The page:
Disclosure: I received an advanced review copy of the book from the publisher for the purpose of reviewing it. The opinions I have expressed are my own, and I was not required to write a positive review

 

 

Review of As Kingfishers Catch Fire

Readers who have befitted from Eugene Peterson’s prolific writing ministry will want to read his latest book As Kingfishers Catch Fire, a collection of his sermons.

This book is divided into seven sections with each section containing sermons based on the books of seven different biblical authors. The first part of the book contains sermons from Genesis through Deuteronomy. The second contains sermons based on various Psalms by David. The third comes from sermons on Isaiah. The fourth draws on Solomon with an emphasis on wisdom literature including Job. The fifth contains sermons drawing on Peter as recounted in the gospels. The sixth contains sermons from Paul’s epistles. The seventh and final section draws on sermons based on John, 1 John, and Revelation.

Eugene Peterson’s pastoral heart and his skill as a pastor-poet are on full display in the sermons contained in this volume. The context that is given for the sermons helps shed light onto the work and challenges involved in preaching God’s word. I don’t think there isn’t a pastor out there who won’t gain some benefit from this latest work.

Disclosure: I received an advanced copy of the book from the publisher for the purpose of reviewing it. The opinions I have expressed are my own, and I was not required to write a positive review.

Review of The Life of the Church

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Don’t let size fool you The Life of the Church by Joe Thorn has a depth and practicality to it that will be appreciated by any pastor or church leader. In this book Thorn has addressed three areas of the church’s life in a way that I thought was truly helpful for me as a pastor.

The table represents the community aspect of the church, that believers are in community with another. As Thorn also points out that community is better carried out where believers can gather together in smaller numbers than usually happens on Sunday. Even in smaller churches one can see the need for a greater sense of community than can be found in the typical worship service.

The pulpit represents the worshiping church, being shaped by the Word which has its central place in the life of the the church. His recommendations on preparing for worship are particularly practical.

In addressing the square Thorn helpfully reminds us that the church’s time together in smaller groups and in worship are not an end in themselves, the church is called to be present in the public square. Thorn’s encouragement to believers in regards to having gospel conversations is particularly helpful given the penchant for formulaic evangelism in contemporary evangelicalism. He reminds of the importance of hearing and understanding as opposed to lecturing to people.

I know we’re fairly into the year but I believe that this book and the series it is a part of may prove to be some of the most useful ministry resources published this year.

Disclosure: I received an advanced review copy of the book from the publisher for the purpose of reviewing it. The opinions I have expressed are my own, and I was not required to write a positive review.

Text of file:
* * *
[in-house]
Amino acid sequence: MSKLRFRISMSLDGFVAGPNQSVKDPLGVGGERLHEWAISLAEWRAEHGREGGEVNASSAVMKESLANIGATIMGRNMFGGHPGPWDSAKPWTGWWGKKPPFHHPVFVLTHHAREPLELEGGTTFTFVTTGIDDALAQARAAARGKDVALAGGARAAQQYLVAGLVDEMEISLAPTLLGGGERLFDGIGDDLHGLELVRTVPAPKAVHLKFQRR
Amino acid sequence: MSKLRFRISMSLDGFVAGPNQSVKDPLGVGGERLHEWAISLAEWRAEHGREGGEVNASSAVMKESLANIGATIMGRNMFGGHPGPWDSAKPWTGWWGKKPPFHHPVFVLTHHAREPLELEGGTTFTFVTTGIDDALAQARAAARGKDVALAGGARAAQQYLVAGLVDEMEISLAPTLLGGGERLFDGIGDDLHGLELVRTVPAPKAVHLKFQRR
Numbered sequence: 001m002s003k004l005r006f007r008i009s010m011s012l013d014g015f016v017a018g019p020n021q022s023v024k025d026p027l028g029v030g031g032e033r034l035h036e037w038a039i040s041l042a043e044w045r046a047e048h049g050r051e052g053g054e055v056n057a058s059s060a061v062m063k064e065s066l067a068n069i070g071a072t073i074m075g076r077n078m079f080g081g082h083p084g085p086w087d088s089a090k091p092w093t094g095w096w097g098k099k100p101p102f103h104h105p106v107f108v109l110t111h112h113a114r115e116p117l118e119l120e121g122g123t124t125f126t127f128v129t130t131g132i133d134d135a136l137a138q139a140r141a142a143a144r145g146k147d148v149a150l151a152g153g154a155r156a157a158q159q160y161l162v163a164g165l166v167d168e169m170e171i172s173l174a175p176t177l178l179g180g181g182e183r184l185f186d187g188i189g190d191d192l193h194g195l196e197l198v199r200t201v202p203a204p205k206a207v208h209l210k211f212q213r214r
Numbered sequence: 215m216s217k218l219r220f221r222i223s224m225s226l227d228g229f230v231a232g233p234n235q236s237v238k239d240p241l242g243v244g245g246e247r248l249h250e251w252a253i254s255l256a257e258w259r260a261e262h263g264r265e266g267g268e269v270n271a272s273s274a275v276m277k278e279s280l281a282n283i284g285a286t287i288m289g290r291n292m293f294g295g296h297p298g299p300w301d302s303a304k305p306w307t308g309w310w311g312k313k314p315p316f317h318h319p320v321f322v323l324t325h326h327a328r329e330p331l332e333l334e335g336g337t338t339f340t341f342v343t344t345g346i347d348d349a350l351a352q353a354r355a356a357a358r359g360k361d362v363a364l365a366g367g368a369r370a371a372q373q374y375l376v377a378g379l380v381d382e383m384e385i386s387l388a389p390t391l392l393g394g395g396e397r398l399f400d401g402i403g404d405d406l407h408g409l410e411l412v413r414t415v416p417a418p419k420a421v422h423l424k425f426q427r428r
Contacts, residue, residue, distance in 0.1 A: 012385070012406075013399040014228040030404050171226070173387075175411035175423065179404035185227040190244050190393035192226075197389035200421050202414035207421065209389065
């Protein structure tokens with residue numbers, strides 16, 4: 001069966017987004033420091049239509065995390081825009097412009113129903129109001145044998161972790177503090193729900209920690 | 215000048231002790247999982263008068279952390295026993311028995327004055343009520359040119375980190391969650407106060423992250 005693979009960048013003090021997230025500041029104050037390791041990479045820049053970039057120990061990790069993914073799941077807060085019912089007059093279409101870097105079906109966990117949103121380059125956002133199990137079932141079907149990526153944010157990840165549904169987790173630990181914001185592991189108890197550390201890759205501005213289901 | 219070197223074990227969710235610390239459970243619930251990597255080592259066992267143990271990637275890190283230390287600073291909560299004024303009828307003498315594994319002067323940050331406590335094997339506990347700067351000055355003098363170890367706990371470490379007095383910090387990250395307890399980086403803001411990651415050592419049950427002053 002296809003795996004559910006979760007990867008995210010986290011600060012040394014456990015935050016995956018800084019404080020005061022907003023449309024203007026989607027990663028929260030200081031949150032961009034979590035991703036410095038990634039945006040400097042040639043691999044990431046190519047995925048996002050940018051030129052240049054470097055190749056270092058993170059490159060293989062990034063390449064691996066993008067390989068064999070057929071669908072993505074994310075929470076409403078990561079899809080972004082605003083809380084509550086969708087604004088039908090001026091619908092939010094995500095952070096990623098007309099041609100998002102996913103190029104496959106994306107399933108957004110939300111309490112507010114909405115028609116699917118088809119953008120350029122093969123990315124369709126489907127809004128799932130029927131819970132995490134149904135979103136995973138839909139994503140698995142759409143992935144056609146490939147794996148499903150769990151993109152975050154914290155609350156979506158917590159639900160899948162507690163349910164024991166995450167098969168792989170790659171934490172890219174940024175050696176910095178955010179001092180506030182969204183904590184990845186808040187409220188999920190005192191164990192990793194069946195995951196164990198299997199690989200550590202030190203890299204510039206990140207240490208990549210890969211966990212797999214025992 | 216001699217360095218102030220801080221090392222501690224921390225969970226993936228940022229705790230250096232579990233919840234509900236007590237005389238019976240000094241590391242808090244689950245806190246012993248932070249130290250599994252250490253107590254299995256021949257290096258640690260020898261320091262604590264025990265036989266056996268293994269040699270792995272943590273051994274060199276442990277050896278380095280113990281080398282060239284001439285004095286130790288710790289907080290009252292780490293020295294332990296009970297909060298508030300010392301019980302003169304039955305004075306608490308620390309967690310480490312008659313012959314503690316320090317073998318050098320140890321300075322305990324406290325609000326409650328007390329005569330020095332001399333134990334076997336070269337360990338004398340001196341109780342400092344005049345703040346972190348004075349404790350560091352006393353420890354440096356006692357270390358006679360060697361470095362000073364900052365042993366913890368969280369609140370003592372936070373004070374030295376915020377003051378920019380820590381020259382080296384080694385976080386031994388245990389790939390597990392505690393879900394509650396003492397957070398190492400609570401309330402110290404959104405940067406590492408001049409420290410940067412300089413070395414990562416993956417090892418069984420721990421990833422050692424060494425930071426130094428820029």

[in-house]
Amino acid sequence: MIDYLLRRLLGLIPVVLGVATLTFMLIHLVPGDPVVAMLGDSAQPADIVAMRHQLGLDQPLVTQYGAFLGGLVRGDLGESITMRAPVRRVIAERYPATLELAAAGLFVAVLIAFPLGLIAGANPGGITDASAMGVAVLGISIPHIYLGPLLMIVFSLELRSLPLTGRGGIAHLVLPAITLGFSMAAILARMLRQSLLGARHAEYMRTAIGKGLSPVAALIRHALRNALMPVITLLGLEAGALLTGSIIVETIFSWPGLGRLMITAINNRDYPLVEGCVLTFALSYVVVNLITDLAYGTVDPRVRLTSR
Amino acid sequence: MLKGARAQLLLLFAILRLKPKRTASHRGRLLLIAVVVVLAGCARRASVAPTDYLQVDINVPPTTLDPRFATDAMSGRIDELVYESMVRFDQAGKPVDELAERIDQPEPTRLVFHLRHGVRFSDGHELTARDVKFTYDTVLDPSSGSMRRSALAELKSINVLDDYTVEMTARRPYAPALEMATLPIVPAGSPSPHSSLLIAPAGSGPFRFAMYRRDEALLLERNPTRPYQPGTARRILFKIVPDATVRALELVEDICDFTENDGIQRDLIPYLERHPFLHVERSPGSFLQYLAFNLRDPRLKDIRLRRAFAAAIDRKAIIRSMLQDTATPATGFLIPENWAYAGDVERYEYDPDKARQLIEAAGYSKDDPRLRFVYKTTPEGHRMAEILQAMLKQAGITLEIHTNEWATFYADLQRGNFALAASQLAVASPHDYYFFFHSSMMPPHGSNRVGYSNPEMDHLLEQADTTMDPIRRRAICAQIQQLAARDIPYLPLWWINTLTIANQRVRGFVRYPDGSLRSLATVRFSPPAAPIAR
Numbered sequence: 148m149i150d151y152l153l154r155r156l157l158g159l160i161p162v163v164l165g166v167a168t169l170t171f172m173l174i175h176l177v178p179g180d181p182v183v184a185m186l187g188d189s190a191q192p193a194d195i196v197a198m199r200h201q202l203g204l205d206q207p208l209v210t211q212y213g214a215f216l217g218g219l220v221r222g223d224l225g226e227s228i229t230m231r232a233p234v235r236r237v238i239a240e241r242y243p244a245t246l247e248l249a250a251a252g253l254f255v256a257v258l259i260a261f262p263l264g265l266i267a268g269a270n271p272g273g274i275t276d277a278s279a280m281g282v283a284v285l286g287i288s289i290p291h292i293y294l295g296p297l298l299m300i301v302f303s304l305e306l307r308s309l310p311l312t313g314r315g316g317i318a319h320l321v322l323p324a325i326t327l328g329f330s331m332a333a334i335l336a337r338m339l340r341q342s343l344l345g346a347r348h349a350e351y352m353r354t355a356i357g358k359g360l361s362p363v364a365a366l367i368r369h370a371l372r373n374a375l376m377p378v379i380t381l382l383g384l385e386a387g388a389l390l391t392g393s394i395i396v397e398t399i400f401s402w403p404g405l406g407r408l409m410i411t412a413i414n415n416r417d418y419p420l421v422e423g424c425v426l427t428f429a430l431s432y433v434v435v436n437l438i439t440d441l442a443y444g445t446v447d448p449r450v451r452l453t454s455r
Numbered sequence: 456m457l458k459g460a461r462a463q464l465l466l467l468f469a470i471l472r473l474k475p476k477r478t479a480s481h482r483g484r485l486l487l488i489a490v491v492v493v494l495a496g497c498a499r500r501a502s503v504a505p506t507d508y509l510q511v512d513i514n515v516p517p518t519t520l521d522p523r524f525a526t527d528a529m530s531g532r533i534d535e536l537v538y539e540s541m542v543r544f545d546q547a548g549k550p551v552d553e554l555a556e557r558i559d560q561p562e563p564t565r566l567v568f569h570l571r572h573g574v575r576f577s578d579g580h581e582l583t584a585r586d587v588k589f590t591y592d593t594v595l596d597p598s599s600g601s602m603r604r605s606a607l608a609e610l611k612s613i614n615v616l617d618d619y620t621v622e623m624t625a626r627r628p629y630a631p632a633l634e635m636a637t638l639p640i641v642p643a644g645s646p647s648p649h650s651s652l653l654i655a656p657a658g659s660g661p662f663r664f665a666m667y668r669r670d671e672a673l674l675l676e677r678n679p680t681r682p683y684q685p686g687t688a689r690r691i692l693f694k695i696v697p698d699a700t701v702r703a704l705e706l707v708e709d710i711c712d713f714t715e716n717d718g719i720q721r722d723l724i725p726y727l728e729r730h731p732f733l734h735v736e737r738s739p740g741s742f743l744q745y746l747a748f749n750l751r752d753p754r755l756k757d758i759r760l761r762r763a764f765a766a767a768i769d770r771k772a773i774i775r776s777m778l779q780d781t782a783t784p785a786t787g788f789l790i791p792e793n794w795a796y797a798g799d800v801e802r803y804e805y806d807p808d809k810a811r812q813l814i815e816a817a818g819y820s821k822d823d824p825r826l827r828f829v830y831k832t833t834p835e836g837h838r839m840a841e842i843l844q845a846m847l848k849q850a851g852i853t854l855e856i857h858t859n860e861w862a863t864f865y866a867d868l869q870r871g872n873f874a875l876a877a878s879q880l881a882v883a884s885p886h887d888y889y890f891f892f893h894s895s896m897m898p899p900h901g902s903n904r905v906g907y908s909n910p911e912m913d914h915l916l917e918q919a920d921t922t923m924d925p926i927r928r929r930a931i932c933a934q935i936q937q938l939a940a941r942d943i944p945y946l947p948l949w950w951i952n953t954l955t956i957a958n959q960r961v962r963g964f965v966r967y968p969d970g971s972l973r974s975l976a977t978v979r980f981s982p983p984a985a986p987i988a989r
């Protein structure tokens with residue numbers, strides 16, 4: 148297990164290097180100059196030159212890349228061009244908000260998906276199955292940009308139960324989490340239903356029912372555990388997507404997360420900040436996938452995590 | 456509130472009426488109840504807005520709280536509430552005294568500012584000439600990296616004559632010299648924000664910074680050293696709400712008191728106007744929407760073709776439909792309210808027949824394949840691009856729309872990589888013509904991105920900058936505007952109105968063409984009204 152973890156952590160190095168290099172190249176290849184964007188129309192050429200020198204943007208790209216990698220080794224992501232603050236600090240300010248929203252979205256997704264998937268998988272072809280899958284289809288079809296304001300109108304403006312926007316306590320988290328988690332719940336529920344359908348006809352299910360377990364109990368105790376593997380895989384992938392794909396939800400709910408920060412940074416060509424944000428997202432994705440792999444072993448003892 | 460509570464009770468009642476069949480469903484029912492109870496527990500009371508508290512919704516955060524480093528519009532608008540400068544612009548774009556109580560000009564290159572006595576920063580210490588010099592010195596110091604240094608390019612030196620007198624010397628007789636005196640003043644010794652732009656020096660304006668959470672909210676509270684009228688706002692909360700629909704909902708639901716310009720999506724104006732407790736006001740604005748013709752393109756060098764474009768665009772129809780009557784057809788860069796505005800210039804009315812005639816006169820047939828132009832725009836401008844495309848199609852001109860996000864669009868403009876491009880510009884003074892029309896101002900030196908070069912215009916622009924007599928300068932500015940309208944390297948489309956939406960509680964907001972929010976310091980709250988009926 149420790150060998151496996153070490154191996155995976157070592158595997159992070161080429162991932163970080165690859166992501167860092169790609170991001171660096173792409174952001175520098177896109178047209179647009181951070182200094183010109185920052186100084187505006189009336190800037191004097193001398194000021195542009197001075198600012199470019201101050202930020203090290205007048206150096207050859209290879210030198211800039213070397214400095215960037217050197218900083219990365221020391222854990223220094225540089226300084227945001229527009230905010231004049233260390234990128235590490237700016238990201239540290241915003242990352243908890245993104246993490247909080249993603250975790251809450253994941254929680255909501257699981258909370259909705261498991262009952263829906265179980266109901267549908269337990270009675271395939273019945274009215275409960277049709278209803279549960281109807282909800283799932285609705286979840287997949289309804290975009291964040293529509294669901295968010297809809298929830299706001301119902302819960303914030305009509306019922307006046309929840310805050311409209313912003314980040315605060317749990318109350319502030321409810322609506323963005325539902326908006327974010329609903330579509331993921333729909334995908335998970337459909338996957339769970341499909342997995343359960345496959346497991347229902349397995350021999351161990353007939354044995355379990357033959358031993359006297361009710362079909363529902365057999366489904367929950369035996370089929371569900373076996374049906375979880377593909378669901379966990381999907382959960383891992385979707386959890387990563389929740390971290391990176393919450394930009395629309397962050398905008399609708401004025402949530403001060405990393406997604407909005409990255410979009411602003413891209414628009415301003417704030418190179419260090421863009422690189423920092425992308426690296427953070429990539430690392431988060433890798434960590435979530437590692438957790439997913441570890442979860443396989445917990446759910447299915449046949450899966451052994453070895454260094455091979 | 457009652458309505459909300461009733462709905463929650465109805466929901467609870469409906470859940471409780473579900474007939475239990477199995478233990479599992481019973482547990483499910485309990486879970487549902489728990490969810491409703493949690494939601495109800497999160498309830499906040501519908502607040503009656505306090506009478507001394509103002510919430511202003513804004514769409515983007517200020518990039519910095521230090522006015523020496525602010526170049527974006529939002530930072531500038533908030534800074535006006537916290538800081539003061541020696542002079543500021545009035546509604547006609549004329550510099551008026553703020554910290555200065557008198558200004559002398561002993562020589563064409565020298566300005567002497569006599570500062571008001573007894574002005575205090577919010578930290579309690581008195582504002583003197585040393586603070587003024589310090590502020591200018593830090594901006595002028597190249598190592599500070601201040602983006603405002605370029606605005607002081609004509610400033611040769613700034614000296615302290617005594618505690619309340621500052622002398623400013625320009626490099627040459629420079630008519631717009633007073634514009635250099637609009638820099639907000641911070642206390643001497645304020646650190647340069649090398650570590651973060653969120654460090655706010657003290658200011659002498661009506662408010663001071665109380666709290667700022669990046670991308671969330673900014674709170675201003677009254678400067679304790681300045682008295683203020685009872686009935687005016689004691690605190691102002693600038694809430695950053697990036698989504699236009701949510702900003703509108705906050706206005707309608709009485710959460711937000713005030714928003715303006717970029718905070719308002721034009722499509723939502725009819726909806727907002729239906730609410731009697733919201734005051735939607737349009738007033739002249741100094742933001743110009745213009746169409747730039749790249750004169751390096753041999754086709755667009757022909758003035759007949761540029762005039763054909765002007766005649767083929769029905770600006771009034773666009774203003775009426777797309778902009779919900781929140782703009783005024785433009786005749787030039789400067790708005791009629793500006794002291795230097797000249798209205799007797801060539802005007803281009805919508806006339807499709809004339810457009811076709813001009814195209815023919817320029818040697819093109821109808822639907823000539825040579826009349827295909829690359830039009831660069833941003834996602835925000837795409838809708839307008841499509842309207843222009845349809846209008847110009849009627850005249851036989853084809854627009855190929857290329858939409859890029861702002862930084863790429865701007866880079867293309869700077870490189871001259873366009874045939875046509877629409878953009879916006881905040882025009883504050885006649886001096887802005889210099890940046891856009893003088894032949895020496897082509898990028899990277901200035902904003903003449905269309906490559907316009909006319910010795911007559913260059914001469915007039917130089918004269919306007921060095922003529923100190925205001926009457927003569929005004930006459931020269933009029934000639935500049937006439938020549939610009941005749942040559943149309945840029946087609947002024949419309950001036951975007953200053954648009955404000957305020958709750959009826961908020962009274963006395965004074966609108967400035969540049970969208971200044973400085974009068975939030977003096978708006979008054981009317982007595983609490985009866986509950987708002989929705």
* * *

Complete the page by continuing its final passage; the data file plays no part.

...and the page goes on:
Review of The Way of the Dragon or The Way of the Lamb

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The Way of the Dragon or The Way of the Lamb by Jamin Goggin and Kyle Strobel is a much-needed book. One doesn’t have to look to far to see how many have fallen in their chase after fame in evangelical circles.

There is a subtle line in ministry between a desire to have a wide reach for the sake of making the gospel known and having a wide reach so that we are known. In this work wisdom and insight is drawn from J.I. Packer, Dallas Willard, Marva Dawn, John Perkins, Jean Vanier, James Houston, and Eugene Peterson. In a day and age where evangelical leaders are more concerned in building personal platforms based on their personalities the authors and those they draw from provide a helpful corrective.

The first part of this book in which the authors interact with J.I. Packer, Marva Dawn, and John Perkins provides a helpful contrast between a worldly pursuit of power and God’s power demonstrated in human weakness and love. The second section of the book helps the reader understand how to embrace way of Christ in ministry. In a church culture that entices pastors to fixate on platforms and popularity this serves as a powerful corrective.

The most important chapter in this book in my opinion is the seventh chapter as it fully explores the terrible reality that many churches and leaders have adopted the posturing of the dragon as seen in revelation as opposed to way of ministry that is faithful to Christ. Small church pastors might think themselves immune to the temptations for power that are evident in many mega church personalities, but the truth is the temptation to build a ministry that elevates self is found in churches of all shapes and sizes. This book should be required reading for anyone in ministry.

Disclosure: I received a copy of the book from the publisher for the purpose of reviewing it. The opinions I have expressed are my own, and I was not required to write a positive review.

Review: Resolving Conflict

Last year was a year that brought many great resources in the field of biblical counseling. One that I was excited  to receive and have been greatly helped by is Resolving Conflict by Lou Priolo.

Lou Priolo’s introduction itself provides as a helpful corrective to current attitudes surrounding conflict. In my experience as a pastor I have seen what Priolo addresses in regards to viewing all conflict as inherently negative. This attitude leads to an unhealthy conflict avoidance which almost always makes problems worse. Rather than be avoided conflicts should be resolved in a biblical manner.

Priolo’s first section addresses the key characteristics that should exist for conflicts to be resolved in a biblical manner those being; humility, gentleness, patience, and loving forbearance. With that foundation laid Priolo looks at the biblical understanding of conflict. He addresses types of conflicts that can occur, the importance of communicating. Priolo examines the unbiblical ways we often handle conflict both in how we internally and externally respond. Priolo makes clear that biblical conflict resolution is hard work which is why it calls for diligence.